That Chelsea was a girl.
That the perpetrator probably wasn’t.
That he probably grabbed her on the street or lured her into his car.
That he probably raped her.
That, if he murdered her, he probably did it within three hours of taking her.
That, even if he had waited longer, she still probably didn’t make it.
That it probably happened near her home.
That he had probably done it before.
We all knew. Hers was a statistic that was lived in. It was second nature, unlike others. Cancer survival rates climb slowly through the years, as does the percentage of carbon in the air. Most crime rates fluctuate based on power and need. But not this kind; when a stranger takes a girl like Chelsea, she rarely comes back, a statistic that never really changes.
Few knew that—felt that—more than Amber DuBois’s mother, Carrie McGonigle, who helped search for Chelsea. Amber had disappeared the previous year, in 2009, with no leads. When divers in Lake Hodges found Chelsea’s body by the shore, in a shallow grave dug with fingers and sticks, Carrie got the news with the rest of San Diego.
One hundred percent of lake monster sightings are unproven. It’s usually something like a shadow, or a sandbar, or four otters swimming in tandem. Sometimes it’s a hoax, like a big, dead seal carved up to look like Nessie. But don’t tell that to Linda, a San Diegan, who believes in Hodgee.
“But, then again, I believe in the tooth fairy.”
Investigators believed that Amber’s killer had to have been someone she knew. All statistics pointed toward the male head of the household: Amber’s stepfather, David Cave.
David willingly gave police access to everything he had: his computers, his cars, and the login information to all of his accounts. Nothing came up. Family stories, however, seemed to contradict his immaculate records. David and Amber were always fighting, an unsurprising yet notable fact; a fourteen-year-old might naturally harbor negativity towards her stepfather, a new and particularly strict authority figure in her life, while her own father, who loved her dearly, was trying to live his life elsewhere. David repeatedly avowed his love for his stepdaughter, even if their relationship was often strained by personality and circumstance, and helped spearhead the search for her. He remembered that his relationship with Amber had improved the month before she went missing, and how, on the day of her disappearance, she giddily asked him four times for the check that she needed to buy her lamb, and that he was happy to give it to her. Carrie McGonigle, Amber’s mother, remembered how David didn’t go to work that day, which was very unusual, and that he showed up to her office with roses for Valentine’s Day and hung around her office awkwardly until she asked him to leave.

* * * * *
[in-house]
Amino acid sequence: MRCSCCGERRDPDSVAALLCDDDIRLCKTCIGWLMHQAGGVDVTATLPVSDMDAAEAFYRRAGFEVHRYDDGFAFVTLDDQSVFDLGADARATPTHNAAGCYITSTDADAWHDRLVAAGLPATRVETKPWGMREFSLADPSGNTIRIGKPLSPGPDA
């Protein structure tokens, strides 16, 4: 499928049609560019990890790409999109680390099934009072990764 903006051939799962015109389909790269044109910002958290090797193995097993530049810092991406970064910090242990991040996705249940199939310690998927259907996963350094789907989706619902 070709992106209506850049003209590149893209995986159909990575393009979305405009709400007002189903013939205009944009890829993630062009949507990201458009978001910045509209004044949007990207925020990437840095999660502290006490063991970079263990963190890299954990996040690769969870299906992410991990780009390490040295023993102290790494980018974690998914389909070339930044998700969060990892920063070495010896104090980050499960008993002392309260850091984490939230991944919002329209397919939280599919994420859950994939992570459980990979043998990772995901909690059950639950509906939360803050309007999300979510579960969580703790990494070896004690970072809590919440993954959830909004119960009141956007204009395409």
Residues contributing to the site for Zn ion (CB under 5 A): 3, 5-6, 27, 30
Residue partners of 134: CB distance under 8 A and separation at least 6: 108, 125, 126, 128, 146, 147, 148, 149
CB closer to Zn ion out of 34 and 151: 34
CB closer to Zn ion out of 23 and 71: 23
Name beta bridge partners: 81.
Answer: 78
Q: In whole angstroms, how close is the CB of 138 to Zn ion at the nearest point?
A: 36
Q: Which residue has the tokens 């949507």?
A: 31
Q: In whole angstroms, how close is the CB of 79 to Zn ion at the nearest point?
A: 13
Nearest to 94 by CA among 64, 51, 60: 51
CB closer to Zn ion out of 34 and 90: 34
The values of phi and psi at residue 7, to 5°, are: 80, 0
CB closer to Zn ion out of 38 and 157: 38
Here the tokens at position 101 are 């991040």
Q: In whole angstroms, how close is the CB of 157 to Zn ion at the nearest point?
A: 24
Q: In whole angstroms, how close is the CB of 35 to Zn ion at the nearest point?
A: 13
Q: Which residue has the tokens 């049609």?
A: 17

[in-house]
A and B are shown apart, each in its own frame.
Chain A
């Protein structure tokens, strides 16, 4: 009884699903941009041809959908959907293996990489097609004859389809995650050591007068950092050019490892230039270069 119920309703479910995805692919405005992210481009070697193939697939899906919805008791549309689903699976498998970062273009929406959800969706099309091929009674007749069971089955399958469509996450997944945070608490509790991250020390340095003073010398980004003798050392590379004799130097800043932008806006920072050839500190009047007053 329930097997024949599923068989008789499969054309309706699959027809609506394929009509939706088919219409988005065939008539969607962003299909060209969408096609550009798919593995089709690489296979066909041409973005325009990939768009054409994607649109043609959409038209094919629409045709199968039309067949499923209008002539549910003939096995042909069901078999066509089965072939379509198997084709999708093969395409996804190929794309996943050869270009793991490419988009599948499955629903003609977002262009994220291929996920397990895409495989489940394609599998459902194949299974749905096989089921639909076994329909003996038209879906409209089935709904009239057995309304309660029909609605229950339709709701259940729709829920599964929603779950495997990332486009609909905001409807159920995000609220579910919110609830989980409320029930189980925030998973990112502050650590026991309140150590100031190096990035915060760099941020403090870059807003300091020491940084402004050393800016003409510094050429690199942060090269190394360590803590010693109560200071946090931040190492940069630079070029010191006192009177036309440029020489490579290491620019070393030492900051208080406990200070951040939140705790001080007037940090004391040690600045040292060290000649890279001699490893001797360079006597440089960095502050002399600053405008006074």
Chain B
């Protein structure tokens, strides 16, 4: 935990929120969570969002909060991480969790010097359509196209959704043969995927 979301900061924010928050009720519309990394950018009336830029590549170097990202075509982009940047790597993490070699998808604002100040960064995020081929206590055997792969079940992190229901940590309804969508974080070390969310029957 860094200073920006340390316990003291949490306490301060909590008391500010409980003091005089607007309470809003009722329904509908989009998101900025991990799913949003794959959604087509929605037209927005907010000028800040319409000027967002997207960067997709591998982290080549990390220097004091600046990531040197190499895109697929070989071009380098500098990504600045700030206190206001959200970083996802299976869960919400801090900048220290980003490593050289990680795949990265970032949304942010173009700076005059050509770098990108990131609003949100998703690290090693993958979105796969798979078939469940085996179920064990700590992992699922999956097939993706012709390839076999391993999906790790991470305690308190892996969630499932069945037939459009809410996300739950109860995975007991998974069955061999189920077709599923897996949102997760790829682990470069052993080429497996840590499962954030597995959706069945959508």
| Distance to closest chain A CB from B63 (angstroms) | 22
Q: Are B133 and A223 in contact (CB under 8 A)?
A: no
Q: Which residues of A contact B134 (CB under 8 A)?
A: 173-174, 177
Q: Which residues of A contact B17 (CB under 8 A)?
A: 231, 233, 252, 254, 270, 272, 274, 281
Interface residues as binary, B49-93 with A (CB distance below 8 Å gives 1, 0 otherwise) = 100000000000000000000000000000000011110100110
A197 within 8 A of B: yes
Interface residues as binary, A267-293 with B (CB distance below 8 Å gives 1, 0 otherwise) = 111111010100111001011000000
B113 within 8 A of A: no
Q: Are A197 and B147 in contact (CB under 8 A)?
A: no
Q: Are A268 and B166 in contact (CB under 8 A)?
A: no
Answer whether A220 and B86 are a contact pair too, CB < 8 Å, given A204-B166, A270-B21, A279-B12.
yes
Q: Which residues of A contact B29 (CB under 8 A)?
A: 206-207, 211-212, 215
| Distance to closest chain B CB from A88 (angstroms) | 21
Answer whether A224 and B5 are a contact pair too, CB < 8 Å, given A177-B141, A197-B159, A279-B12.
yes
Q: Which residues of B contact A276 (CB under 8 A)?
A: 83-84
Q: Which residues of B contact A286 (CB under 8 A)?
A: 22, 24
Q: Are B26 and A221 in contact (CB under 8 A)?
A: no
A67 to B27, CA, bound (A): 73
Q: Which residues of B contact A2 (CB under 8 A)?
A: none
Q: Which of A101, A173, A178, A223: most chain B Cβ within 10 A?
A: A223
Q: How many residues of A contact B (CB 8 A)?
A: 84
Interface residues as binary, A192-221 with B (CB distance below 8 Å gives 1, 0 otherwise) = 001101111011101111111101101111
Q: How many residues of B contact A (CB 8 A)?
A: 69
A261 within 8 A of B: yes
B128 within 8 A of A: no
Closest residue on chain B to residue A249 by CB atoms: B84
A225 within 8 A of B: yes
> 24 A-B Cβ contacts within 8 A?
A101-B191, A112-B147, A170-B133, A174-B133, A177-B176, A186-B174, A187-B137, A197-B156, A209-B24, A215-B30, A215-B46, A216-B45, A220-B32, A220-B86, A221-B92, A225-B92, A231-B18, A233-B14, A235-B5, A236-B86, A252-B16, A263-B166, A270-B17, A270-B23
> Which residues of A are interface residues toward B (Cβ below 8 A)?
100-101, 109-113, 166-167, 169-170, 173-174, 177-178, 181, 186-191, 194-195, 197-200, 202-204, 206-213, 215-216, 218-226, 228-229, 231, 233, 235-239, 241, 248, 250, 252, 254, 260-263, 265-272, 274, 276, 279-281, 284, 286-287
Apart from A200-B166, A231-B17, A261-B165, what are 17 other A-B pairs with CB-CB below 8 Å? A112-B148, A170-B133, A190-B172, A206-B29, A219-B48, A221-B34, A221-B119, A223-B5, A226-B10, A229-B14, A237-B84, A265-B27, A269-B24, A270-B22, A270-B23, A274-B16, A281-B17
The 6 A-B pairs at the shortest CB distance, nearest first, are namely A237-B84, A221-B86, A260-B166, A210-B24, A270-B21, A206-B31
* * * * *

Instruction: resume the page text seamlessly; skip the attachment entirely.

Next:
By the time Carrie joined Chelsea’s search party a year later, she and David had separated.
Carrie didn’t know if she was sleeping next to her daughter’s murderer. She didn’t even know if her daughter had been murdered to begin with. There were no remains and no leads (David was a “person of interest,” though not a suspect). A team of cadaver dogs had lead Carrie and the investigators towards some grasslands in the Pala Indian Reservation, about thirty minutes from Lake Hodges, but found nothing. When Chelsea’s body was discovered, Carrie was convinced that there was a connection between Chelsea’s murder and Amber’s disappearance.
It was virtually the same crime. Two high school girls from the same area. Similar in appearance, though slightly different in their styling. Both moving their bodies, acting on their desires. Peace of mind. A lamb. Both gone, seemingly, without a trace. But Chelsea’s parents were given a few days to hope, while Amber’s parents were given a year (there are infinite arguments, on both sides, for which one is worse). Maybe if Chelsea hadn’t been found yet, investigators would have suspected her father, wondering if his screaming and running was just for show. Maybe if Amber were more popular, they would have assumed that a stranger had taken her.
Carrie McGonigle was right. One man had committed both crimes. He had taken the girls somewhere else. He had uncomplicated them forever. They would forever be known as the teenagers who would never get the chance to really fuck up. Chelsea, a laundry-list of achievements; Amber, eternally relegated to the worst adjective ever: “spunky.” Both judged by the way they smiled.
It wasn’t particularly hard to catch the suspect. A search team found Chelsea’s panties on the invisible path towards her body, the murderer’s semen glued to the garment, together one, like a bad metaphor. The police ran a DNA test, which immediately match the sample to a man who—surprise—had raped a child before who was even younger than Chelsea and Amber, but had been released from prison for something that resembled “good behavior.” They found him eating at a local Mexican restaurant and arrested him, mid-chip.